“It suggests a place of respite, with a fuchsia-colored burst of bougainvillea on one side of the lot and madly overgrown pepper trees on the other. A no-trespassing sign keeps a lonely vigil among the trees, daring you to dip a toe onto the property.”
A flâneur takes to the streets, uncovering surprises — both modest and startling — on walks through a city that’s reinventing itself around every corner.
Look along the stretch of Broadway as it cuts through Lincoln Heights, and you’ll see sycamore trees lining both sides of the street. In summer, they offer a bit of shade in the business district. But now, as fall pivots between 60-degree and 80-degree days, the leaves dry on the branches of the trees, not yet falling but withering before your eyes. Soon, with another day or two of Santa Anas, they will collect on the sidewalks and in the gutters, accompanying your every step here with a crunch as they turn to dust underfoot.
Just past where Broadway crosses over the 5 Freeway, a line threatens to spill past the doorway of Moo’s Craft BBQ, proudly advertising its Texas origins on its windows. A scan of the fluorescent backlit menu on the wall suggests the possibility of a transcendent journey to the Hill Country near Austin, all while remaining firmly in Los Angeles. Brisket, red potato salad and Key lime pie beckon, with only the esquites having been scrawled as “sold out” on the butcher paper roll. It deserves to be in demand, this side dish of roasted corn cut from the cob, combined with cotija cheese and a dusting of chili powder that is so satisfying it stands as the main event next to the meat itself.
El Huarachito — One of the Best Moles in Town
The warmth of the day has driven many inside. But as you head east down the boulevard, you see a vendor baking in the full sun, selling straw hats tied together in a spider’s web of thin rope which hangs between street signs. The hats are all wide-brimmed and made of pale straw, and you can pick between a classic cowboy, a Panama or one that offers enough coverage to rival a small umbrella.
In the next block and across the street, you reach El Huarachito, a cocina that rises to serve breakfast at 7 a.m. and closes at 3 p.m. after satiating the lunch crowd. You settle into a table on the sidewalk outside the restaurant where a fortunate sycamore tree is the recipient of many a half-drunk glass of water. A couple lingers at a table nearby, sipping second cups of coffee in their post-meal languor. On the specials board is a mole enchilada that quickly establishes itself as among the best in the city. It’s served on a bright, celebratory platter with rice, beans and slivers of bright green avocado, and you can’t help but feel your spirits rise when it’s set in front of you. Everything on the plate tastes better when swirled in the mole, and you find yourself spearing even lettuce and bits of tomato to run them through the chocolate-brown sauce.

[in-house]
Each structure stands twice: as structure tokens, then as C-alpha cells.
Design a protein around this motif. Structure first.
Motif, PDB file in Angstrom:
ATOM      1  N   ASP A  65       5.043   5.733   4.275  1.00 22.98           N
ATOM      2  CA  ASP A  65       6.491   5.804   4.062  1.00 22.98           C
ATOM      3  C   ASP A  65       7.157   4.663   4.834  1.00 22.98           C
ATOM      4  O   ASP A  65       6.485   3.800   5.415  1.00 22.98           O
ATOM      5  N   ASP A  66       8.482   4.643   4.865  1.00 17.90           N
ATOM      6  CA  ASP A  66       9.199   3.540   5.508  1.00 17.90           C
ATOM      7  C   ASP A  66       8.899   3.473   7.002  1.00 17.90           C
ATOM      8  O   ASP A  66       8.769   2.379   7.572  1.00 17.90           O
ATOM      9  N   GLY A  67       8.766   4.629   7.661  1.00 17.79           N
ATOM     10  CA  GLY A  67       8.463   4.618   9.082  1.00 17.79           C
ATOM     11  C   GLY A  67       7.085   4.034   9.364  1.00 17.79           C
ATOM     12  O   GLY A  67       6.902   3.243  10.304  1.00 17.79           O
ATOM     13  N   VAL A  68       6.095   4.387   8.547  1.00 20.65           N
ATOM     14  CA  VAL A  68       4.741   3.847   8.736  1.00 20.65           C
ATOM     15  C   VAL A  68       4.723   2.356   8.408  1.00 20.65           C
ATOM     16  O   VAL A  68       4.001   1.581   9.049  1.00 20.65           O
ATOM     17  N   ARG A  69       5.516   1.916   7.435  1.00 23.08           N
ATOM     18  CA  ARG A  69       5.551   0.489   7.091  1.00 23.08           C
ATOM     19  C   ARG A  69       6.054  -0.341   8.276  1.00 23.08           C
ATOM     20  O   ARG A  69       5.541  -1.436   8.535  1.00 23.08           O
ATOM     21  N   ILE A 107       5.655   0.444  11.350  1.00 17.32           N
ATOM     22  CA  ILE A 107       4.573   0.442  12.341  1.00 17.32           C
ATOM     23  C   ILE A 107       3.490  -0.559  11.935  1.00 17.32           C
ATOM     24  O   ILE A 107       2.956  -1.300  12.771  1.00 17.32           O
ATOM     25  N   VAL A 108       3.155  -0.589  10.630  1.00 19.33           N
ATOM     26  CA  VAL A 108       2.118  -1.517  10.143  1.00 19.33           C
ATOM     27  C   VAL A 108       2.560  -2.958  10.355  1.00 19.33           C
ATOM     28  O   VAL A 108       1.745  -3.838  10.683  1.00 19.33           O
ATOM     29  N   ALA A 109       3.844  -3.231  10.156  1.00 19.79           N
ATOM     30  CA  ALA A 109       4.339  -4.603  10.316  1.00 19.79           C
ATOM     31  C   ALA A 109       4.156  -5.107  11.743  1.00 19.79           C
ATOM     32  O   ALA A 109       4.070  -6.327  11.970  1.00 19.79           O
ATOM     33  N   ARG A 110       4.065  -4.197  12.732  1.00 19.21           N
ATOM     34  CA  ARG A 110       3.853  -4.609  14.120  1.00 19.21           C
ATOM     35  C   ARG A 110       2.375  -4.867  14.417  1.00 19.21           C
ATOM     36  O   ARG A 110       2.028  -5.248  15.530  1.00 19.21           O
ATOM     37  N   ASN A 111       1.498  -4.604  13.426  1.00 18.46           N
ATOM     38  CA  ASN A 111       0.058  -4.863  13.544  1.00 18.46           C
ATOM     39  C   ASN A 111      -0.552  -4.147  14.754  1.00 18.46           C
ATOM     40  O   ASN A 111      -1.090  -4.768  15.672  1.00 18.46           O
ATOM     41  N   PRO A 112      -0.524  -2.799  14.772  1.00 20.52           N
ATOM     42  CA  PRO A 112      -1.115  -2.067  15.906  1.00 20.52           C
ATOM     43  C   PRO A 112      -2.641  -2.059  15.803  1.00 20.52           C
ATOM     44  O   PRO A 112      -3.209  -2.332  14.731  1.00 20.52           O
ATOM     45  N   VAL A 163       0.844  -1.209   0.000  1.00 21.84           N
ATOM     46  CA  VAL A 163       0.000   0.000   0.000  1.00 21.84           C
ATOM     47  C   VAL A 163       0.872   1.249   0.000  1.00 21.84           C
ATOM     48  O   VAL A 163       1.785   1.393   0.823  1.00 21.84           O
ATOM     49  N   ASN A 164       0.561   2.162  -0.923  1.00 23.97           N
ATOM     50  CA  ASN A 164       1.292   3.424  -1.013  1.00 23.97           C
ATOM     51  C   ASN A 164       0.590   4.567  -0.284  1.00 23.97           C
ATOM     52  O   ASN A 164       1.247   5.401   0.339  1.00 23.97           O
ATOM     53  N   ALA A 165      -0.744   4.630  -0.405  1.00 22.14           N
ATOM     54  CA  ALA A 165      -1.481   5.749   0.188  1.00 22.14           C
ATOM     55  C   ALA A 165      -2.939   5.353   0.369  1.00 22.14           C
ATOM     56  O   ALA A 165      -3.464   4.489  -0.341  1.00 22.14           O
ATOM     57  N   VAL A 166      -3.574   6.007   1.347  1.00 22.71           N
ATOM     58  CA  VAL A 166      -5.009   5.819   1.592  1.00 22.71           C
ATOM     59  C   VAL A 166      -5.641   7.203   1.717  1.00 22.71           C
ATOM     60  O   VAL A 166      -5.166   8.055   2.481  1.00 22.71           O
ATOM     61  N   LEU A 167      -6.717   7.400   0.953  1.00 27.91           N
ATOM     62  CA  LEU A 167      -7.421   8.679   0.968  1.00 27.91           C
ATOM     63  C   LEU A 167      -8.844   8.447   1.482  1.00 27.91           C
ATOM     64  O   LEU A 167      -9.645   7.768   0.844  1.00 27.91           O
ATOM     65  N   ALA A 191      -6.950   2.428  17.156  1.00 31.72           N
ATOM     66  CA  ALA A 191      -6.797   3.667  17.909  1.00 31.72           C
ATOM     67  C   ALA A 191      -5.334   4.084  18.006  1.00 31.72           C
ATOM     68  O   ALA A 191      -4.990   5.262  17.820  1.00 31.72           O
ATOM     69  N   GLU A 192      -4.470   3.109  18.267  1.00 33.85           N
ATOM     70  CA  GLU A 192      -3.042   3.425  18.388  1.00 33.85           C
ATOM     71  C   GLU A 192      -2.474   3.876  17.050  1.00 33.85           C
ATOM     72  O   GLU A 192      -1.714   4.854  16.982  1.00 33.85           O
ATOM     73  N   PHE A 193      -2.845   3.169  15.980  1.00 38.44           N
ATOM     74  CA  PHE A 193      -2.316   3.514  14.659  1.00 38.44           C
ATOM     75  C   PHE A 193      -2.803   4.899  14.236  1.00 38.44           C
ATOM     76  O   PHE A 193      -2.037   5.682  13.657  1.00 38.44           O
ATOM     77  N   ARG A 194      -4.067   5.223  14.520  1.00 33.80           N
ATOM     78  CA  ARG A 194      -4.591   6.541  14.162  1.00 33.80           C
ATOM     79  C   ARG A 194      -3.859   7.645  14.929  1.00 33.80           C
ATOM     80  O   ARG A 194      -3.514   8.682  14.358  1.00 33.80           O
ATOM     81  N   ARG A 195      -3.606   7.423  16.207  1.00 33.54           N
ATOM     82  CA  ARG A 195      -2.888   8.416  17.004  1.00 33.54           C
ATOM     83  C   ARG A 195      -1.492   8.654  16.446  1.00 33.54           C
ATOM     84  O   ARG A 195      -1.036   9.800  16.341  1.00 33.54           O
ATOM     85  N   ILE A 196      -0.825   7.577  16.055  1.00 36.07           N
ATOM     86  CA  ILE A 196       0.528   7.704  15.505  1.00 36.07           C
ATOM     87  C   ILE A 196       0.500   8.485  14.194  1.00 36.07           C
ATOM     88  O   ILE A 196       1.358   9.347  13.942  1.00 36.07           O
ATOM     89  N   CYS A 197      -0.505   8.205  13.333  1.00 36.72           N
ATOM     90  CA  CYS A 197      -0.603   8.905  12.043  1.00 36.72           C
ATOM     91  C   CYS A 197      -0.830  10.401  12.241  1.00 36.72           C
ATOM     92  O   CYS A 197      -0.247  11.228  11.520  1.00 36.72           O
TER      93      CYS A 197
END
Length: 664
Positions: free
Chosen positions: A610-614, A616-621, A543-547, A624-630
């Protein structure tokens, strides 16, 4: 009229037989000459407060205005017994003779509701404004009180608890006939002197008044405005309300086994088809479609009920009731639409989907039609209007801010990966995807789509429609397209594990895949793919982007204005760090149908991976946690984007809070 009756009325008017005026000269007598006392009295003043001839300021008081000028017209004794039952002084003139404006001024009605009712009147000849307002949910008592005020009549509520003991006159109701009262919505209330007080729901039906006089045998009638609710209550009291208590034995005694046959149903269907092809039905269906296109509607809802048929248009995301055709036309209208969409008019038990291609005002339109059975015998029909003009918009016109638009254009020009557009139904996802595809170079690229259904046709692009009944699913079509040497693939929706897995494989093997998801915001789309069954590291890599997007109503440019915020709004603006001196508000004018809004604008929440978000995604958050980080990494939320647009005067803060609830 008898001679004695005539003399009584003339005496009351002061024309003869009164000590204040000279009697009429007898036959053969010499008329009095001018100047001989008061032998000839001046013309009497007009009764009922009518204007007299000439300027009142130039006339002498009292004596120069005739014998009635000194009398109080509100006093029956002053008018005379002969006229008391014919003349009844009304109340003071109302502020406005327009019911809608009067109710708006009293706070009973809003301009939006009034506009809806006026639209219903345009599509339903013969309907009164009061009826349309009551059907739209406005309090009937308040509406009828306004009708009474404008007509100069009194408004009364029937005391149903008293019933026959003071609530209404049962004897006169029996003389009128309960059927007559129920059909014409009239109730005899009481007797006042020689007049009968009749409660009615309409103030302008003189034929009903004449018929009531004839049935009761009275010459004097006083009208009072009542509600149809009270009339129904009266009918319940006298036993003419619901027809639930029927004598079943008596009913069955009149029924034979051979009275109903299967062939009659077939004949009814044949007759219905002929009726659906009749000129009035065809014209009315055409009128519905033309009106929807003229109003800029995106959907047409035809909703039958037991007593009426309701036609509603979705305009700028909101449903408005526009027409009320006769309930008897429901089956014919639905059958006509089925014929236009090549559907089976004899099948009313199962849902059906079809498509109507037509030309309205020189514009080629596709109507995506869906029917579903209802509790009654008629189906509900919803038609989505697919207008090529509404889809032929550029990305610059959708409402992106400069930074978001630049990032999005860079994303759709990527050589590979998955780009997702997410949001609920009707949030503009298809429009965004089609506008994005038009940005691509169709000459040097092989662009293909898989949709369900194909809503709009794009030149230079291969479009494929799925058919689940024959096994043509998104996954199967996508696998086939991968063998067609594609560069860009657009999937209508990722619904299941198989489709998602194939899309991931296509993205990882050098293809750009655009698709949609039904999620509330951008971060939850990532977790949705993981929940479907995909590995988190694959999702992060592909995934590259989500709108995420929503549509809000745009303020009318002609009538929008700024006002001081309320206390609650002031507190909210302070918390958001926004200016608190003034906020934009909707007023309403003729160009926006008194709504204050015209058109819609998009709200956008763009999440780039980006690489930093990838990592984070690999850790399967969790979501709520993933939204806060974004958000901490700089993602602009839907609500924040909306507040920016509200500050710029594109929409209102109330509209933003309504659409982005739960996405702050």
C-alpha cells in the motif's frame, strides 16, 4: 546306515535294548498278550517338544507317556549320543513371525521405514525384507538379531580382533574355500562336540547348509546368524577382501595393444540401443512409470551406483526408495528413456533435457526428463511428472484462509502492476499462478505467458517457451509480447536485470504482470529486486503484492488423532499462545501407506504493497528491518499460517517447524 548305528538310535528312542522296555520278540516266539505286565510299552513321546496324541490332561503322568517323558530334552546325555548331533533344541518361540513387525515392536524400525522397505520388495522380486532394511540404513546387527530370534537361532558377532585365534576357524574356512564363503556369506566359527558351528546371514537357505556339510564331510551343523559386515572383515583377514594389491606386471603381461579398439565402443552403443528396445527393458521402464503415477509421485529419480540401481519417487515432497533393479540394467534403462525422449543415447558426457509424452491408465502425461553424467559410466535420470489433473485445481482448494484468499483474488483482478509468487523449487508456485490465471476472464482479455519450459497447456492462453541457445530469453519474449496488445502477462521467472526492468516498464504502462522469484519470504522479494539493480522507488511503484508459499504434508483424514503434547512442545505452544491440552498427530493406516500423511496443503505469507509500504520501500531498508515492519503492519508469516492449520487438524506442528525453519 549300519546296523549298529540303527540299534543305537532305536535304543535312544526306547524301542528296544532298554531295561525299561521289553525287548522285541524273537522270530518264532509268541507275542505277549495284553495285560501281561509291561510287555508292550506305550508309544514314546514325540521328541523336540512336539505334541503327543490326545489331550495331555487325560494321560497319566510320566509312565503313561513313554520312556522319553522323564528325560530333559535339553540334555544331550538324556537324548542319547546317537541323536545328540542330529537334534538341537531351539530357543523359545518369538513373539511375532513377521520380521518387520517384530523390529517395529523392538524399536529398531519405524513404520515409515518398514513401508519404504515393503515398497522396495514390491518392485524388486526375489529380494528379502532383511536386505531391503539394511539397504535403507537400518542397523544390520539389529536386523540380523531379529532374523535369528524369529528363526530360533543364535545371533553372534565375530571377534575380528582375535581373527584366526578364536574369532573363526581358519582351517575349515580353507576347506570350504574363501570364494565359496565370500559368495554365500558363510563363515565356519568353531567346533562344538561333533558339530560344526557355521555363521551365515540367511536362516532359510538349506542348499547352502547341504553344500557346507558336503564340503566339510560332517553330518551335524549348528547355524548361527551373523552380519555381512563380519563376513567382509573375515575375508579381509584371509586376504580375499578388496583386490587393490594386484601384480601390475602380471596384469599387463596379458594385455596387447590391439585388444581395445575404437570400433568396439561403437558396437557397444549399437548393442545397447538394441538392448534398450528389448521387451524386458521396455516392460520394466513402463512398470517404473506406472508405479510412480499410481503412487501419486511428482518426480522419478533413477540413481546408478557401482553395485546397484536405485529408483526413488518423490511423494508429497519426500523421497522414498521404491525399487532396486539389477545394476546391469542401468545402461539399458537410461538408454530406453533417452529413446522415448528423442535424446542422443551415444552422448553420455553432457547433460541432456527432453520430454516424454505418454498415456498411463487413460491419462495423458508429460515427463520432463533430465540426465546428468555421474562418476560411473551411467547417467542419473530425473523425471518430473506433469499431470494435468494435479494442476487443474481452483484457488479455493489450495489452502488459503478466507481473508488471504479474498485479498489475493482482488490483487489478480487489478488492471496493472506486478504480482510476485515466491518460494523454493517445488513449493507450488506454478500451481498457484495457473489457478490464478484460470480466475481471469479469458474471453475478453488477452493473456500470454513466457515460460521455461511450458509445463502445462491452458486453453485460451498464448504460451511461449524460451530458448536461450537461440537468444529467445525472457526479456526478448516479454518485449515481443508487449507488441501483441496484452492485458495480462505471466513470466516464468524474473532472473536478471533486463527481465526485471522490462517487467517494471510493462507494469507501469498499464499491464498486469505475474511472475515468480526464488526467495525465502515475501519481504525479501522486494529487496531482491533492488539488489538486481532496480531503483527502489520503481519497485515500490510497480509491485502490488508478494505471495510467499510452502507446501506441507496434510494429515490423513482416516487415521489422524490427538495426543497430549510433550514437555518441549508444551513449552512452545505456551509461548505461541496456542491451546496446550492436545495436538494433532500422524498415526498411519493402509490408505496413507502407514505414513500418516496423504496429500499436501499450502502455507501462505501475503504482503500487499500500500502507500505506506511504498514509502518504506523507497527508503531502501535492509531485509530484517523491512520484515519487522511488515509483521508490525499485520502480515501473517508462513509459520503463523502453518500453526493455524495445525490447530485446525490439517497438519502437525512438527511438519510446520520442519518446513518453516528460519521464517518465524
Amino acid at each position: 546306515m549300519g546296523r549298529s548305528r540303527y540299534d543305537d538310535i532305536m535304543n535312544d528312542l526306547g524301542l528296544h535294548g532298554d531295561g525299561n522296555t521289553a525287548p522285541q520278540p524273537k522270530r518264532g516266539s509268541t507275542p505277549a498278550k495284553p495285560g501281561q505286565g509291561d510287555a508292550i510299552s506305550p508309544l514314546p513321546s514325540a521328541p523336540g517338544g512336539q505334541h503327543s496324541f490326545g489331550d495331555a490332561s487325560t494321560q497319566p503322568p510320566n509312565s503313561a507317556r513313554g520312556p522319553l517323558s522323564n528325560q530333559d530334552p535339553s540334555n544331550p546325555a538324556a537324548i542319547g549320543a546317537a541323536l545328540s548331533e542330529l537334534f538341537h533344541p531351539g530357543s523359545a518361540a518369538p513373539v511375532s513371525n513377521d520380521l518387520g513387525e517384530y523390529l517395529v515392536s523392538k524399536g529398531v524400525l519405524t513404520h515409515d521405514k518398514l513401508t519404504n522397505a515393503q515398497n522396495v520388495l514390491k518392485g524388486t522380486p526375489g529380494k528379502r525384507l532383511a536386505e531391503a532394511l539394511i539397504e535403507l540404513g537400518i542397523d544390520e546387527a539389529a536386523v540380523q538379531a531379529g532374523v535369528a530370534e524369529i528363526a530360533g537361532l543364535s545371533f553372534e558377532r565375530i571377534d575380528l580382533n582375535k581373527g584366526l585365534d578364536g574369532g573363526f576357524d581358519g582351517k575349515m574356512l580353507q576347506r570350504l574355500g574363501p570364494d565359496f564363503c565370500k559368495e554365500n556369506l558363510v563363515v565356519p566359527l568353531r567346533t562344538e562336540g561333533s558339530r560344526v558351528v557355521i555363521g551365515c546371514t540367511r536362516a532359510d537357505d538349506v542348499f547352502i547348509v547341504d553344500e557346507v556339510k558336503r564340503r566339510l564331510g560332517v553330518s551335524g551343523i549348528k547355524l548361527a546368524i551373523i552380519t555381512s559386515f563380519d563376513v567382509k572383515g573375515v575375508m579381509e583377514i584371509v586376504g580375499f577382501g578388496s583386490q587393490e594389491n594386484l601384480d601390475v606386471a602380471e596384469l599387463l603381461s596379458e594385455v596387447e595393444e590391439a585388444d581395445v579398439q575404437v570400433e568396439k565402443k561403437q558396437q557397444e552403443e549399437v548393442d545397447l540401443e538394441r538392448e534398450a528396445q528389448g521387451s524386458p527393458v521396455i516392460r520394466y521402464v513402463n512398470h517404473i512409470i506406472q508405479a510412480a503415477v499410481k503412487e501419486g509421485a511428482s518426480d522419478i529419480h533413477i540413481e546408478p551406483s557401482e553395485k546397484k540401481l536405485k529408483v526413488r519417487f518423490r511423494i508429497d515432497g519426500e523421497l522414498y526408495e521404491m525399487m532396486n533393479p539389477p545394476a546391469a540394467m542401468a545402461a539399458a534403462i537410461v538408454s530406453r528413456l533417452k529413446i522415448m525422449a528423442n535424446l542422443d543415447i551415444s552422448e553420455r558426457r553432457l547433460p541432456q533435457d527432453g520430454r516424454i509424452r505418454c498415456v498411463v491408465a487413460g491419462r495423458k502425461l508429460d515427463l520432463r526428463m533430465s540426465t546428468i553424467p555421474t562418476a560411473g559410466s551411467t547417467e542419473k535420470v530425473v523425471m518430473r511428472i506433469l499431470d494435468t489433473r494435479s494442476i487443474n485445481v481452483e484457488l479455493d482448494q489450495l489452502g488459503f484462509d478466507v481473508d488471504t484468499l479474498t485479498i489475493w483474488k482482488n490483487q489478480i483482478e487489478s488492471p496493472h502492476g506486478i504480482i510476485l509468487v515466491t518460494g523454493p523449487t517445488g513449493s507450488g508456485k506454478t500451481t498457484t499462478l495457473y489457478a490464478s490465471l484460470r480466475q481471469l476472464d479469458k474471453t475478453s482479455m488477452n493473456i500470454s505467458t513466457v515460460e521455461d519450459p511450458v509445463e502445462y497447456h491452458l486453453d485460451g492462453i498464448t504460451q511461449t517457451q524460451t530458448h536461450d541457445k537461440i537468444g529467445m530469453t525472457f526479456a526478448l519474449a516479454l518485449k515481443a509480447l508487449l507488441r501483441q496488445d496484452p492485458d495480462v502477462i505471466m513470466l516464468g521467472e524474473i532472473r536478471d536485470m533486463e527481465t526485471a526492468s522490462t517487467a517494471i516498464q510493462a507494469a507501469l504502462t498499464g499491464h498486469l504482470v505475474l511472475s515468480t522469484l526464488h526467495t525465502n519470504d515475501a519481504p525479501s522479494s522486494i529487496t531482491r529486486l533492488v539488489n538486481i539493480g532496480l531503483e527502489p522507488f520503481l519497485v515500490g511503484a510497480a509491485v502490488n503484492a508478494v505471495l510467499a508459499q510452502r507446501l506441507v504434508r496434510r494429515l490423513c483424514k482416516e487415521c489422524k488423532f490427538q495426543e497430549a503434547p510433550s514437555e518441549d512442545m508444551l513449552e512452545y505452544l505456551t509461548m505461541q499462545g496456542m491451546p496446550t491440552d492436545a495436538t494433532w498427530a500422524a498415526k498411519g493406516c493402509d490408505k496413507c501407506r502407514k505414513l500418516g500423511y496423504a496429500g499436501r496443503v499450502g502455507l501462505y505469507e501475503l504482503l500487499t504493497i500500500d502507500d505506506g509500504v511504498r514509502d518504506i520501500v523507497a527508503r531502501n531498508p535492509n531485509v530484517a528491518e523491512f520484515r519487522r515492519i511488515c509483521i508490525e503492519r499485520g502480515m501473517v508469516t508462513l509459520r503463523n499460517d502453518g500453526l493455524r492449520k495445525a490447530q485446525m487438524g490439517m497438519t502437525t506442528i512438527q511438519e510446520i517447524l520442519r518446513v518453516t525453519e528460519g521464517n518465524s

Home of the Tigers
It is now that you begin your ascent, to the highpoint of Lincoln Heights, at least, so far as where Broadway will take you. You pass a gateway pocked with river rocks and marked at the center — Holgate Square. If you walk up to investigate, you’ll find a small collection of houses representing a few eras of L.A. architecture, the latest, a modern construction nestled comfortably among its vintage neighbors. A dusty orange cat initially looks welcoming before streaking away down his driveway. At the top of the hill, surrounded by homes and the little u-shaped road, are the remains of what must have been a house at one time, its walls still marked by river rock foundations. It suggests a place of respite, with a fuchsia-colored burst of bougainvillea on one side of the lot and madly overgrown pepper trees on the other. A no-trespassing sign keeps a lonely vigil among the trees, daring you to dip a toe onto the property.
As you return to Broadway, you see Lincoln Heights High, home of the Tigers, positioned somewhat grandly on a bluff across the street, taking a royal’s view of downtown L.A. There’s a football game in progress, and, drawn by the crackle of the PA system urging on the home team and their fans, you walk up an alley that leads into the stadium. They respond with a cacophony of cheers building to a crescendo when a black-helmeted Tiger grabs a punt and runs a tightrope down the sideline, leaving the defenders in chaos as he crosses the goal line.
At the eastern end of the stadium, you look back across Broadway and see a steel staircase that resembles a mighty fire escape, leaning against a hill. You begin climbing it, pausing at the landings to look out over the streetscape below. After four stories, you reach the top and experience a moment of woozy vertigo as you position yourself against the railing. The breeze has picked up, setting the trees nearby into motion and cooling the sweat from the climb. Broadway stretches out below you, cresting a hill to the east and dipping back the way you came to the west. In that direction, the street chases the setting sun, back through Lincoln Heights and on, along the base of Elysian Park and bisecting Chinatown, to the center of the city.